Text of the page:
Nearby Siam Center is where many of the local design boutiques are located, and Siam Discovery is a sophisticated shopping space appealing to the well heeled and discerning shopper.
If you start to feel all shopped out, take a breather in the green space of Siam Park hidden away at the heart of the square. The best way to explore this shopping paradise is by taking a BTS Skytrain to either Chit Lom or Siam and then follow your nose.
Temple of the Golden Mount
Wat Saket (also known as the Temple of the Golden Mount) is another of Bangkok’s places of interest. Situated just outside the boundary of the old city, this temple’s defining feature is its 80 meter high hill with huge gilded roof which was built early in the nineteenth century during the reign of King Rama III to mark the entrance to the city.
It’s a gentle climb of 318 steps in order to reach the stupa on top of Golden Mount , and the panoramic views out across the city are magnificent.
In recent years the top of the mount has been reinforced with concrete to prevent it from falling down, but the base is still mainly brick and plaster, with numerous shrines to departed people dotted eerily amongst the ruins.
The Golden Mount is also the location for an annual temple fair held every November, when the temple is transformed with multicolored lanterns and flags, and a magical candlelight procession weaves its way up the mount in the early evening hours.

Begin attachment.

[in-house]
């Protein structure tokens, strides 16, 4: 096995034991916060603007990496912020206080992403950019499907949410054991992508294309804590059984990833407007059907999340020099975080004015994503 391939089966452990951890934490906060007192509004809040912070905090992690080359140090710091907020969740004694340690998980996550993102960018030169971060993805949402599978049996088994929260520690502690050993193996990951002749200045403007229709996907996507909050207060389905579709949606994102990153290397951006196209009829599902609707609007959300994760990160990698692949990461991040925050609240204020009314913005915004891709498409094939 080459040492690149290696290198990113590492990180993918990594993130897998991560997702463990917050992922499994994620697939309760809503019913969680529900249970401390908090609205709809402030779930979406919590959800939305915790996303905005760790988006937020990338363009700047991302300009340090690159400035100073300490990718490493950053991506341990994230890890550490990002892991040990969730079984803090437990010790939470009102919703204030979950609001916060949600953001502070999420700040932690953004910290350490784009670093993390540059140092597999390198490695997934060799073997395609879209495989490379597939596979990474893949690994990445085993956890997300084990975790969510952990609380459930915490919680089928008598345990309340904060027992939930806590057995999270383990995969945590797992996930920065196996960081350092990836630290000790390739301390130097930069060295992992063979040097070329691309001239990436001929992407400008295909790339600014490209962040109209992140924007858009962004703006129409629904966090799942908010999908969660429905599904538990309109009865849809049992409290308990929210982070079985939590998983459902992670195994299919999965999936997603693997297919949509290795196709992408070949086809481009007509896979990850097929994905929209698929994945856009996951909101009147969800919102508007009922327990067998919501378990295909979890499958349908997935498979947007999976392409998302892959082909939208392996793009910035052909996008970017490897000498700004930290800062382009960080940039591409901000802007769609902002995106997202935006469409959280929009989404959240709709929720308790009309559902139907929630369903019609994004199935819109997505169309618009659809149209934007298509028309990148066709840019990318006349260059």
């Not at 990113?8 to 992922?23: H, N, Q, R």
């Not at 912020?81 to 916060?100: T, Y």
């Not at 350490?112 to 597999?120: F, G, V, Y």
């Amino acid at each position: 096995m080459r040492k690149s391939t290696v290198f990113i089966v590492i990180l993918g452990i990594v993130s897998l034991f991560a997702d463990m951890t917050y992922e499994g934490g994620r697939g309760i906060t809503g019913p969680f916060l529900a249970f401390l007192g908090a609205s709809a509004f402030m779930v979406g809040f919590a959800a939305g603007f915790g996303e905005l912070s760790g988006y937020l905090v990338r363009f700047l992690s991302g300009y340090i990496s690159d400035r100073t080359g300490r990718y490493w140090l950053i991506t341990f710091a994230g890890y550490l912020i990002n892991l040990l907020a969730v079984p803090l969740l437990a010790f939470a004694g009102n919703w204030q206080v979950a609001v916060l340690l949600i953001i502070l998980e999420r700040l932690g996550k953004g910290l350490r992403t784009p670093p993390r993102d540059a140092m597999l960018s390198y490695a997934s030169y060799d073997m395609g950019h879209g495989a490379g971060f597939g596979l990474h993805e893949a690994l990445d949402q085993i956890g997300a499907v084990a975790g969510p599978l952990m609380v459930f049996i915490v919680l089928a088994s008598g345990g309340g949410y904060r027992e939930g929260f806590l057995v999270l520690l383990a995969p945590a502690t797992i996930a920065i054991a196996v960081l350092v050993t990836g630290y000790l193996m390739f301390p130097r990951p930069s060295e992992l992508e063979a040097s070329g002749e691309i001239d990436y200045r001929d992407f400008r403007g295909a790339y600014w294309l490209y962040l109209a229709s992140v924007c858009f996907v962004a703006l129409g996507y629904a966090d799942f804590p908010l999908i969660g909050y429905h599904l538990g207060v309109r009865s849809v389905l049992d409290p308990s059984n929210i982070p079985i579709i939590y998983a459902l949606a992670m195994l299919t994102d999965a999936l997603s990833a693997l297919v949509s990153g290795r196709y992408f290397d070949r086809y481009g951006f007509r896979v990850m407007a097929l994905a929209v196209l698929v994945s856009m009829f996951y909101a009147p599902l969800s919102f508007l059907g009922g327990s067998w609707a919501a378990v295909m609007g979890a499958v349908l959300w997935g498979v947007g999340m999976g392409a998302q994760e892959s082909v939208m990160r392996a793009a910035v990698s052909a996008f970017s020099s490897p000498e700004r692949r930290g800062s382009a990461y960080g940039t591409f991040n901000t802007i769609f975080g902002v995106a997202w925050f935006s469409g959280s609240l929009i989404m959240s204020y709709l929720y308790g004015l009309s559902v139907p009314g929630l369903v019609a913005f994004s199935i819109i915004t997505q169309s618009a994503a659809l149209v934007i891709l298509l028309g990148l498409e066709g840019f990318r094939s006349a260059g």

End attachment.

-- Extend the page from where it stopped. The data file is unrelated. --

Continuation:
Wat Saket is open daily from 9 am to 5 pm and is located 500 meters east of the Victory Monument in the center of Thanon Ratchadamnoen Klang off Ratchadamnoen Klang Road.
Widely considered to be one of the best Chinatowns in the world, Bangkok’s chaotic and exotic Chinatown is a popular attraction — particularly for foodies who come to sample some of the best food in town.
The place literally buzzes with energy, and it’s easy to lose yourself among the many delicious distractions in the winding streets and alleys. Be prepared to get caught up in the crowds — this place gets busy.
Some of Bangkok’s best restaurants selling Chinese delicacies such as roast suckling pig can be found here, but the area is also renowned for its street food.
At dusk the main thoroughfare of Yaowarat Road bursts into life with street vendors selling delights such as oyster omelets, grilled meats and steaming noodles.
Just off Yaowarat Road is Sampeng Lane, a narrow street which is made narrower still by the stalls on either side packed with every kind of goods you can imagine, from sunglasses to fairy lights.
It can get pretty claustrophobic but it’s also a lot of fun and a great place to pick up a bargain.
The entrance to Chinatown is marked by an impressive, elaborately carved gateway at the eastern end of Yaowarat Road. The area is open from very early until very late.
Bangkok Flower Market
Prepare yourself to be dazzled by displays of vivid colour at Bangkok Flower Market (Pak Klong Talad).
It’s a short distance from here to Wat Pho, so it’s well worth checking out while you’re in the area. The streets are lined with shops bursting with beautifully woven garlands of colourful blooms, huge bouquets of orchids and roses (this is a wholesale market, so flowers are mostly sold in bunches of fifty or more) and baskets for Buddhist ceremonies.
Recently, a crackdown has seen many of the streetside vendors either move inside or to a new location so it’s not quite as chaotic as it once was. There’s still plenty going on here though and it’s a huge draw for locals and tourists alike.
The market is open 24 hours a day, 7 days a week, and it is very popular and can be busy even in the wee hours before dawn.
Prices are extremely cheap, and flowers are delivered here from all over Thailand, as well as being imported from overseas. The floral variety is incredible, and it’s a great place to visit even if you don’t have the occasion to buy any flowers.